Heirloom Recipes

A Greek Sesame Cookie That Made New Italian-Americans Feel at Home

November  4, 2015

My parents immigrated from Italy to upstate New York in the 1950s, and some of the first friends they made were a Greek women and her husband. They were instrumental in helping my parents—and their two sons, my older brothers, who were three and six years old—acclimate to their new country and home.

My mom's friend shared many of her Greek dishes—like these Koulourakia (Greek Sesame Twist Cookies)—and my mom shared her Italian ones in this wonderfully social food camaraderie that I wish I was a part of to this day (I was born years later). The original recipe is of Greek origin and, in my initial research, I found that they were usually made for Easter, and served as a light, not-too-sweet snack with tea and coffee, as well as a daily treat or late-night snack. They freeze beautifully and make great holiday or hostess gifts.

Photo by James Ransom

My mom taught me to make these when I was a young girl, and we made them for pretty much every holiday, wedding, birth of a new baby... Italians love a reason to bake treats and share them! This recipe was and still is my mom's favorite, simple in flavor and easy to make. She always tells us how eating these with her new friend made her miss her old home in Italy a little bit less.

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Making these was always a family affair. The adults would twist them into shape and the little ones would brush the tops and sprinkle on the sesame seeds. I recreated the recipe a few years ago when I started my food blog; my goal was to archive all the memories from my family's history and show how food has touched and is still touching us today, as I make these for my daughters, friends, and so on.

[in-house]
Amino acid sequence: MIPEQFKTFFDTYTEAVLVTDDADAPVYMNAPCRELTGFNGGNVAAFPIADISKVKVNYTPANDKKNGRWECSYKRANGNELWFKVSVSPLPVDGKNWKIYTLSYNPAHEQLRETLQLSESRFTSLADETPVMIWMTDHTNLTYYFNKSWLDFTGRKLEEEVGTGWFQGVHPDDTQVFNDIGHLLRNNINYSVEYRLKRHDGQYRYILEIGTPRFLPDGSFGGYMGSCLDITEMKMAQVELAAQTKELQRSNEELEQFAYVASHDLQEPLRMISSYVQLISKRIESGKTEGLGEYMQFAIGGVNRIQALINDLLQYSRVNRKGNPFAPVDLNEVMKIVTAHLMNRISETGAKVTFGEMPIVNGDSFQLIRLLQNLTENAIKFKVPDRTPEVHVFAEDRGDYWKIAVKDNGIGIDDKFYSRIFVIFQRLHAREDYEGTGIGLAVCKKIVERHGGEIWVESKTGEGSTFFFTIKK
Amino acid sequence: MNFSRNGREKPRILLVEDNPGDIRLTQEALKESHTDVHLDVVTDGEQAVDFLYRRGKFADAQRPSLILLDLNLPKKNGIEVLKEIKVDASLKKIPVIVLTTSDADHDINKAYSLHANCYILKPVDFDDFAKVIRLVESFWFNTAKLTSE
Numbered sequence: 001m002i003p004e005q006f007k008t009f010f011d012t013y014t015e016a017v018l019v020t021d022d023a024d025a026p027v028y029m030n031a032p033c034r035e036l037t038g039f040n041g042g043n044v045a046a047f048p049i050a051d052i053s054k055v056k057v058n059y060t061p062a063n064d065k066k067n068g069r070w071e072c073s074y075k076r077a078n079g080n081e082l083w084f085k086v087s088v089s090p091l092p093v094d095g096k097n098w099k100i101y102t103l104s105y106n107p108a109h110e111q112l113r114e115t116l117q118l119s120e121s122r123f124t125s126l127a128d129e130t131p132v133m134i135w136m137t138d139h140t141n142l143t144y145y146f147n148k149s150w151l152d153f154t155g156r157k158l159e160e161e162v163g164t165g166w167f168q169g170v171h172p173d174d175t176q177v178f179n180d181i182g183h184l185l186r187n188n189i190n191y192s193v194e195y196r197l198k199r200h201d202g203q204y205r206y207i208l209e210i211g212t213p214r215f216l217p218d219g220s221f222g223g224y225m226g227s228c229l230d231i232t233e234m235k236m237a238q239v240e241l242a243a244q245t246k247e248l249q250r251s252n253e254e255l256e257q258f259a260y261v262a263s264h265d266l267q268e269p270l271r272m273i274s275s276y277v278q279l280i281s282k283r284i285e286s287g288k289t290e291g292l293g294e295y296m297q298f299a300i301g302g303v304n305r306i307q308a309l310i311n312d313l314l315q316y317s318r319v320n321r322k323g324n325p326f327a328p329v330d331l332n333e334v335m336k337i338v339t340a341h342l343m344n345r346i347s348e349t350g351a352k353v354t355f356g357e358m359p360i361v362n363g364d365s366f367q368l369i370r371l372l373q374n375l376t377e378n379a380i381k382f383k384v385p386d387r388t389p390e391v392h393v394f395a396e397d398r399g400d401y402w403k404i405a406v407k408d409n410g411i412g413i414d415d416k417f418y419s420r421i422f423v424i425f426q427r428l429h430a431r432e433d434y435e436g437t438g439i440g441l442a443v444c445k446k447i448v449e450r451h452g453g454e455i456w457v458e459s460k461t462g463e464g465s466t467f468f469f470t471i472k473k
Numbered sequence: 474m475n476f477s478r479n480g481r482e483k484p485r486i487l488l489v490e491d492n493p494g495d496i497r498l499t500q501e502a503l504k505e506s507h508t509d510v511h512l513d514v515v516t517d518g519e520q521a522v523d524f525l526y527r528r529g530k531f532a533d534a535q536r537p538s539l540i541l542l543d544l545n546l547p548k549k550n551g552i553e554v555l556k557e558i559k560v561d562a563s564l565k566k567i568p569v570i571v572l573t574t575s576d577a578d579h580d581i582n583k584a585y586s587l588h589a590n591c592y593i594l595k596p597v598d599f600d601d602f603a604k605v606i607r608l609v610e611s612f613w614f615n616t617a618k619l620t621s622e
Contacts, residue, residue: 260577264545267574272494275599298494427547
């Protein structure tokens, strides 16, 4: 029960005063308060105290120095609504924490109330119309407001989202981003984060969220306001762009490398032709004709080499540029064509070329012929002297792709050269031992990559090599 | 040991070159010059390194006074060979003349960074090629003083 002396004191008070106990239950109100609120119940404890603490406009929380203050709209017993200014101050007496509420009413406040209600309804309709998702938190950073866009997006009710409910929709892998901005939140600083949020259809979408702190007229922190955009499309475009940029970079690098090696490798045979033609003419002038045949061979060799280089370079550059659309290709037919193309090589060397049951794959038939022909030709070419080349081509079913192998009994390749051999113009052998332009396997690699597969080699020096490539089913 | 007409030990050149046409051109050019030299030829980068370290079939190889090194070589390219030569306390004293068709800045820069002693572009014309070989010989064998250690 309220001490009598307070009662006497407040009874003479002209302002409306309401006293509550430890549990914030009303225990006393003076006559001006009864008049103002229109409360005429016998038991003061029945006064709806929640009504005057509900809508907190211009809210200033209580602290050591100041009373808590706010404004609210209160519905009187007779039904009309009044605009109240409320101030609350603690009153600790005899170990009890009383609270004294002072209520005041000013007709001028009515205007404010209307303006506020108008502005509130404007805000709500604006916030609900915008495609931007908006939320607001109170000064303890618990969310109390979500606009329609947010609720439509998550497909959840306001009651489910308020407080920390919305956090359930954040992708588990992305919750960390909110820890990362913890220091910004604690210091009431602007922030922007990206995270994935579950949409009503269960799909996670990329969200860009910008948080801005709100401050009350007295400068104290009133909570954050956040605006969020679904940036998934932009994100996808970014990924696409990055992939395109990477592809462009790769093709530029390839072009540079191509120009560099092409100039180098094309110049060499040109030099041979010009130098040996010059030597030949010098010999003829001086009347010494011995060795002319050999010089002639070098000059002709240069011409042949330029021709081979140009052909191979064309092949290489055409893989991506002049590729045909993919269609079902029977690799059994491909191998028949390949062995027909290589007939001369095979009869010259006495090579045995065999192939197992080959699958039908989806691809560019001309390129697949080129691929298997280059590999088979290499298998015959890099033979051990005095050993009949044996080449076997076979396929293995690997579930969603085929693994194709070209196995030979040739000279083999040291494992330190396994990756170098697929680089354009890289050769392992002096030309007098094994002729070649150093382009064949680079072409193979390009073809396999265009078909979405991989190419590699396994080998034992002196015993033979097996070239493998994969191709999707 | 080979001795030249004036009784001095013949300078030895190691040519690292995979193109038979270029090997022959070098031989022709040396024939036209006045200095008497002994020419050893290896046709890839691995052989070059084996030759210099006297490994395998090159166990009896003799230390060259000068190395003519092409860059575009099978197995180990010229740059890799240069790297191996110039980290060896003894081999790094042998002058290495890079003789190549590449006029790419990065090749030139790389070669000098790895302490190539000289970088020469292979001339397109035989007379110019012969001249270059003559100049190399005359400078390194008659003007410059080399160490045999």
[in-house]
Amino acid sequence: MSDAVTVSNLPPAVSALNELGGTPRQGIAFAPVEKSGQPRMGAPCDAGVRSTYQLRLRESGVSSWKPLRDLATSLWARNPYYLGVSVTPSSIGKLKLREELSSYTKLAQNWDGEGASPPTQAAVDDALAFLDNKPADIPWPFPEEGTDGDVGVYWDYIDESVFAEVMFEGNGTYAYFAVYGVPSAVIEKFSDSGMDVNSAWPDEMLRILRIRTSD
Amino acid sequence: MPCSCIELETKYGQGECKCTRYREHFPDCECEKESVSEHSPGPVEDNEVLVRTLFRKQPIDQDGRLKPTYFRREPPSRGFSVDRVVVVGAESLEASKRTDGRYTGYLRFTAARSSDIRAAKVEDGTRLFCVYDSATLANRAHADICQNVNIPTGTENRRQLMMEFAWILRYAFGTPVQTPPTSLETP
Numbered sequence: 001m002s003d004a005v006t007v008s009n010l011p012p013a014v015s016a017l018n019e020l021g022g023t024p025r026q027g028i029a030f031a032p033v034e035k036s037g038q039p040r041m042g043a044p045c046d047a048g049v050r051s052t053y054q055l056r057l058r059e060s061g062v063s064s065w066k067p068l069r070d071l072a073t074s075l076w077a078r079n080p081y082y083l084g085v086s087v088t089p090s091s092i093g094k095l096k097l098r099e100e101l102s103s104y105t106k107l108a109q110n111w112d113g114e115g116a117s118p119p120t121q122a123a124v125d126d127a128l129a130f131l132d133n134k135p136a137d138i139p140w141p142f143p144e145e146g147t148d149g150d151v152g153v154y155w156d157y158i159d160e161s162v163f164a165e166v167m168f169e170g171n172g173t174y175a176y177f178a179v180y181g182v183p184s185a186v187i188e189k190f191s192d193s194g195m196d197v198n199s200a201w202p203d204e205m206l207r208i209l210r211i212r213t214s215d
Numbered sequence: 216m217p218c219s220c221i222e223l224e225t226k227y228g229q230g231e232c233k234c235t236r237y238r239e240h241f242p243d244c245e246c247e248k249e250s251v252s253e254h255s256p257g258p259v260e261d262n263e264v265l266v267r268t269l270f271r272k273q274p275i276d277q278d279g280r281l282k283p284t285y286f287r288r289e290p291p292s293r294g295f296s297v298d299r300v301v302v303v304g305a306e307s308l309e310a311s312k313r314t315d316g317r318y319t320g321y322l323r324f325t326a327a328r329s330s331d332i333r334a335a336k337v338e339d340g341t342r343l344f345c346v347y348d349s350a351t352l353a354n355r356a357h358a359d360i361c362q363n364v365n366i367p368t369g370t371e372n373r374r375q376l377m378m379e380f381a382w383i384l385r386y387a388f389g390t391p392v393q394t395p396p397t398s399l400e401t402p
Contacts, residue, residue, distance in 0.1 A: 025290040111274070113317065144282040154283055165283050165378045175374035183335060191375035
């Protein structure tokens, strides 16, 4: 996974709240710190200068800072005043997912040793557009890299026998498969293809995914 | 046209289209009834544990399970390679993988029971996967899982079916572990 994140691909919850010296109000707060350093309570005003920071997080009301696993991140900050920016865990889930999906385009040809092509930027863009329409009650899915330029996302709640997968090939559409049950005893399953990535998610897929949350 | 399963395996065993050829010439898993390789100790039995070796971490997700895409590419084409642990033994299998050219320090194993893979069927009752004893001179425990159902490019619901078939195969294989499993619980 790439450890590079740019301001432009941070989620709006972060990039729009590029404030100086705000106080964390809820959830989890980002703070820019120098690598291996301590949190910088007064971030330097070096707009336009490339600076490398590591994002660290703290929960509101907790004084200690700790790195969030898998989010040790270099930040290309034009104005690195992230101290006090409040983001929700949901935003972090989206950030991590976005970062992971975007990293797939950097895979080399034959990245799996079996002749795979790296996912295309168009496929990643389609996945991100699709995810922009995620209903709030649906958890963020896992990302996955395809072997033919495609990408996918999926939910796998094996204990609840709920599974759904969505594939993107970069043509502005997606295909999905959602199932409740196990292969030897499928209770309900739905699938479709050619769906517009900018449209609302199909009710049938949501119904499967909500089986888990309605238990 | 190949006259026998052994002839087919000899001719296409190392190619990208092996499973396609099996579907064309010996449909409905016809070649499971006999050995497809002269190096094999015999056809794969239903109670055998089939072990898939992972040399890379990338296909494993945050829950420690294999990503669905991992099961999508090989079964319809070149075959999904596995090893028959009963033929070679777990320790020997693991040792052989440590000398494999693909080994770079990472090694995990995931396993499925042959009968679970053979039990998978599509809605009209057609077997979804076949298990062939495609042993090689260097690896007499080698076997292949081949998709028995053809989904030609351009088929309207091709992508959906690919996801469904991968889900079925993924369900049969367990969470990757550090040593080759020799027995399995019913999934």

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See what other Food52 readers are saying.

  • sadenis
  • cucina di mammina
    cucina di mammina
  • Ejan
Italian artist, foodie, food blogger & wine lover


sadenis December 21, 2015
Can I refrigerate the dough overnight if I am crunched for time?
cucina D. December 26, 2015
I have never tried this, my advise would be refrigerate it but then allow it to come to room temperature as the dough may need to be blended again due to the butter
cucina D. December 18, 2015
Ejan, regarding the reference to the organic egg in this recipe, I prefer to honor the original recipe that dictated organic vs. commercially processed eggs as organic farm-fresh eggs that my famiglia had on hand as we lived near local farms and raised our own egg hens when I was a child. They have richer yolks that are a deep yellow-orange color that adds both depth of flavor and golden color to the cookies. You may feel free to use what you wish, the cookies I am sure will turn out wonderful.
Ejan December 18, 2015
Enough of the "organic" nonsense.